With the abolition of slavery in 1834, the British Government needed a new workforce. Mauritius was the first site chosen for “the great experiment”: the use of “free” labour to replace slaves. Between 1834 and 1920, almost half a million indentured labourers from India and other countries arrived at Aapravasi Ghat to work in the island’s sugar plantations, or to be transferred elsewhere. The “great experiment” ended with World War I, in 1918, but not before it had changed the shape of the country. Indians comprised less than four percent of Mauritius’s population in 1835, but as two-thirds of those who arrived settled, today 68 percent of Mauritians have Indian ancestry.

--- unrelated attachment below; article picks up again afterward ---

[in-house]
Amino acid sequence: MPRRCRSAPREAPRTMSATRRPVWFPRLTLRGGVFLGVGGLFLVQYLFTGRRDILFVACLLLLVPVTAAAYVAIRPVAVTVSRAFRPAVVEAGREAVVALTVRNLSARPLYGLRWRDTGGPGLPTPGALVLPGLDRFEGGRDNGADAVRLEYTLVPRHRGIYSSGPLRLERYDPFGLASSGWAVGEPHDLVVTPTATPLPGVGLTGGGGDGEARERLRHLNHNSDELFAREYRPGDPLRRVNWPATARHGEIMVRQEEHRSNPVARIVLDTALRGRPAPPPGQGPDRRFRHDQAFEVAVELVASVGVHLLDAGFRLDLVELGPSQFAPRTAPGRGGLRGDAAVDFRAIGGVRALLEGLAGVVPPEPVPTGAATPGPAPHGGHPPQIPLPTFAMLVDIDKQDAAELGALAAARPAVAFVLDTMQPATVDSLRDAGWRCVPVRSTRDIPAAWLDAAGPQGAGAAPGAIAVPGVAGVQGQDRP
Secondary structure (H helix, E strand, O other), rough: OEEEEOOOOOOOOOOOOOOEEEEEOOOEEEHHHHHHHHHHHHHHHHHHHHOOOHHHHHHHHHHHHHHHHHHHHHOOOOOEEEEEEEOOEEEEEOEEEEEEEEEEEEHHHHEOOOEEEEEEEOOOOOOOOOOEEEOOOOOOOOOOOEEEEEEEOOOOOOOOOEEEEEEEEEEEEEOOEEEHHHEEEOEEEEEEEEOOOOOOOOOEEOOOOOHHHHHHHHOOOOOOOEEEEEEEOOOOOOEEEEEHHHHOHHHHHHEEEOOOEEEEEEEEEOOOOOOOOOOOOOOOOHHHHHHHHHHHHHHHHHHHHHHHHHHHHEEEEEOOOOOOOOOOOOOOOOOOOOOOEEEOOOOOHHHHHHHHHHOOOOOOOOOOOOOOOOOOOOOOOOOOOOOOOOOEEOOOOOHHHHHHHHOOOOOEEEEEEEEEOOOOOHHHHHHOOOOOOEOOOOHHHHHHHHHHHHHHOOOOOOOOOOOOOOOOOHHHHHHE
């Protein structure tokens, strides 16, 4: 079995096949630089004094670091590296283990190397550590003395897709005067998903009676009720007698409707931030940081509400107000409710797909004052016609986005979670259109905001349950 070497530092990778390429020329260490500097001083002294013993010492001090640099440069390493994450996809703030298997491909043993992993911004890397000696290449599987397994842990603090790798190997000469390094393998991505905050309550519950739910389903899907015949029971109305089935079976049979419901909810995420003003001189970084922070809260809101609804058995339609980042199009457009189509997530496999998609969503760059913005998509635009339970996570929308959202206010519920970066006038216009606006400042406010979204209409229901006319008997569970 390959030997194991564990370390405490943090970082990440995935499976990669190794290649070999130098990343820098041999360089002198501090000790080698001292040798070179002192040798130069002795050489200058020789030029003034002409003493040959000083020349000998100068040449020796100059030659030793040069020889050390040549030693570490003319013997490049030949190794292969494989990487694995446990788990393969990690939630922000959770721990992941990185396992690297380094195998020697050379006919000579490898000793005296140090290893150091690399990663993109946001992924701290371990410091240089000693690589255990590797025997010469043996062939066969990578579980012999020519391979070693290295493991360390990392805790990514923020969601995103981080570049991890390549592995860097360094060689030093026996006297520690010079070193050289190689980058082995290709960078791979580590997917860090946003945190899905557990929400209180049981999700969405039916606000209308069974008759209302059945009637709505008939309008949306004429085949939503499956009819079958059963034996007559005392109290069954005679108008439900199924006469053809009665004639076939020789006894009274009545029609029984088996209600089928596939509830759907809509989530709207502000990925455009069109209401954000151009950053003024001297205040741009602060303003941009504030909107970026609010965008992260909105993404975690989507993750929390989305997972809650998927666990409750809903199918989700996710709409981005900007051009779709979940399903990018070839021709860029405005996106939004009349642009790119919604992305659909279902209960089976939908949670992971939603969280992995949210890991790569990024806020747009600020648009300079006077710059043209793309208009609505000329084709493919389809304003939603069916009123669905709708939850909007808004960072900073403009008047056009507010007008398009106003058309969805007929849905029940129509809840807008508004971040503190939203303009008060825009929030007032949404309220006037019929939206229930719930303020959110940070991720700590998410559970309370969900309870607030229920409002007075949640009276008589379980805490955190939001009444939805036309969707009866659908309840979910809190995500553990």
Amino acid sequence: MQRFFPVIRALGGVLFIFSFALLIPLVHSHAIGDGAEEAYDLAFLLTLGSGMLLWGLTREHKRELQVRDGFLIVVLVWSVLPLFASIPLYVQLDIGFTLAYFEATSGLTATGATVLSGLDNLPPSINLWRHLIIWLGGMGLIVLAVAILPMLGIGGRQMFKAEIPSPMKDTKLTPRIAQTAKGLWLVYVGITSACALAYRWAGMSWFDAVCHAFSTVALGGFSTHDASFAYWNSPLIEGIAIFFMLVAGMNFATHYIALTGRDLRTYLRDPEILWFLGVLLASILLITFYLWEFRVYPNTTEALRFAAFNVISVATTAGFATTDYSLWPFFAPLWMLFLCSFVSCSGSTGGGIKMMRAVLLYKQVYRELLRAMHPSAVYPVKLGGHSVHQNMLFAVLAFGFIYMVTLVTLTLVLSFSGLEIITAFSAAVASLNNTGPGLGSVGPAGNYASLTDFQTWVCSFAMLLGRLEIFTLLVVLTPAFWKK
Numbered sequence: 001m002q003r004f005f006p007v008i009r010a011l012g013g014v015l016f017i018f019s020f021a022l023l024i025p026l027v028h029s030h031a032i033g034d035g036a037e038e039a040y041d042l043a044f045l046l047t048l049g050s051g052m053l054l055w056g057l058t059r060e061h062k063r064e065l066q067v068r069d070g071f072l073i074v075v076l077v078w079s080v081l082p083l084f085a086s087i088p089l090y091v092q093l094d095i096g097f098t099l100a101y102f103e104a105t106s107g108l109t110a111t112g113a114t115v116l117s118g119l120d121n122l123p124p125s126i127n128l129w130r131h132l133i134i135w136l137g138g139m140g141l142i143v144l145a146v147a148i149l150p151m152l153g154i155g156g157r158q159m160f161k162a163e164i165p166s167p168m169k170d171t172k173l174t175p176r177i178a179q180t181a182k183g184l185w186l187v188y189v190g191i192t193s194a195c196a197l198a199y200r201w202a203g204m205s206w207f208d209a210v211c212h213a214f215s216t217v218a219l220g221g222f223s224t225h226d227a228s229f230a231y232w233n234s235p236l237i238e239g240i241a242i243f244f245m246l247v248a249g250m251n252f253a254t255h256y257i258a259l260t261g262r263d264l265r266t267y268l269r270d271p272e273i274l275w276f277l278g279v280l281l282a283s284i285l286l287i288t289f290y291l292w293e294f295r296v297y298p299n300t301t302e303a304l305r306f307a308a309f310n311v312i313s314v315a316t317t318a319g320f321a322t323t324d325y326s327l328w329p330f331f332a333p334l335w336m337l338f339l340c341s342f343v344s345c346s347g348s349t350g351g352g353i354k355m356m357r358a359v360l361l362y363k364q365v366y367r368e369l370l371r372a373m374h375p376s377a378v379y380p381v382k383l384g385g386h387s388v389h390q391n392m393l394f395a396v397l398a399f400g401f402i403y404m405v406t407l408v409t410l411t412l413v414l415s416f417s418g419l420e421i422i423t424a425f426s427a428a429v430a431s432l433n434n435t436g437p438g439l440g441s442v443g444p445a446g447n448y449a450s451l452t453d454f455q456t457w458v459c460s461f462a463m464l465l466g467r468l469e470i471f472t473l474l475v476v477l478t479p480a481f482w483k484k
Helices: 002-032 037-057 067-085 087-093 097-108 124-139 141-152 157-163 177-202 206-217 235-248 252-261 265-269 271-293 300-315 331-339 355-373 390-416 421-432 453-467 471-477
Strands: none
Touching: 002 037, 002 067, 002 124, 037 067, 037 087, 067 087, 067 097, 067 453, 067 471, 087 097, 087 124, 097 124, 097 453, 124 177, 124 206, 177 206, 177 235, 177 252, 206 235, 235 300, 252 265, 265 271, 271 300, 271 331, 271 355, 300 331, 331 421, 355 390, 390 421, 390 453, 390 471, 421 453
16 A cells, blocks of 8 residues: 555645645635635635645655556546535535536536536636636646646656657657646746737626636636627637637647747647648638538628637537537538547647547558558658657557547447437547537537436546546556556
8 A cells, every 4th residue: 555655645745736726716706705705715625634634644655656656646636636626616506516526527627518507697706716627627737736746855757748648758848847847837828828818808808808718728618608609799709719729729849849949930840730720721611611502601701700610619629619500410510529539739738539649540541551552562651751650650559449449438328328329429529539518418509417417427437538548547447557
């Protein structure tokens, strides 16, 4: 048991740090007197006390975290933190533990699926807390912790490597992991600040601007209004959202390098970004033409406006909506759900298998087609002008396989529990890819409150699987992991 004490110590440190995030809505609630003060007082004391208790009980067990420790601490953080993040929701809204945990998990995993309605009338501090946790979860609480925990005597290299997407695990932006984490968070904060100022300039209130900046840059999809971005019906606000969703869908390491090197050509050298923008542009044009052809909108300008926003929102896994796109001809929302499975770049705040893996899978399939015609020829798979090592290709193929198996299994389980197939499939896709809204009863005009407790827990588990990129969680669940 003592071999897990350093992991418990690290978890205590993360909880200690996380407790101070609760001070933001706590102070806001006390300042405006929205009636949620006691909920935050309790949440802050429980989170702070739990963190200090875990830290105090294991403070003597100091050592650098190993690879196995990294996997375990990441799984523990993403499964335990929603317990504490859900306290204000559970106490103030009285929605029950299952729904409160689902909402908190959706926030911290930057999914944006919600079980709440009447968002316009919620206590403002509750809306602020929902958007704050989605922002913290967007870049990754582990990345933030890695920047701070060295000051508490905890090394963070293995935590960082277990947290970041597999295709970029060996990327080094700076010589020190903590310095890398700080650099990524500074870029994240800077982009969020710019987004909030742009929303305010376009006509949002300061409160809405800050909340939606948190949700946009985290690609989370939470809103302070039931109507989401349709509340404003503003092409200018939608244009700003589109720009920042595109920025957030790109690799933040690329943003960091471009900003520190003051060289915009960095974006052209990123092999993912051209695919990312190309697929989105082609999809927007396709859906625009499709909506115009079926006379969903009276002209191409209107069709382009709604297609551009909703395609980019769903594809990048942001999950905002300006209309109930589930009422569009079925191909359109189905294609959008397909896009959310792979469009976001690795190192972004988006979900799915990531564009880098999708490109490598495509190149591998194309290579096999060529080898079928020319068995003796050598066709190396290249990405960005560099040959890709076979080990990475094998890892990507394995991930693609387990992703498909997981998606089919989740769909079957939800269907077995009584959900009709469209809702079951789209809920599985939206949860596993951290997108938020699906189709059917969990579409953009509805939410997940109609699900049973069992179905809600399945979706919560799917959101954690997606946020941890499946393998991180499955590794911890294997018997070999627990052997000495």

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Ten perfect birdwatching trips

Ten perfect birdwatching trips

Few travel moments illicit such a thrill as catching sight of a rare or beautiful bird emerging from its natural habitat. Here are a few of our favourite birdwa…

29 Apr 2013 • Site Editor insert_drive_file Article
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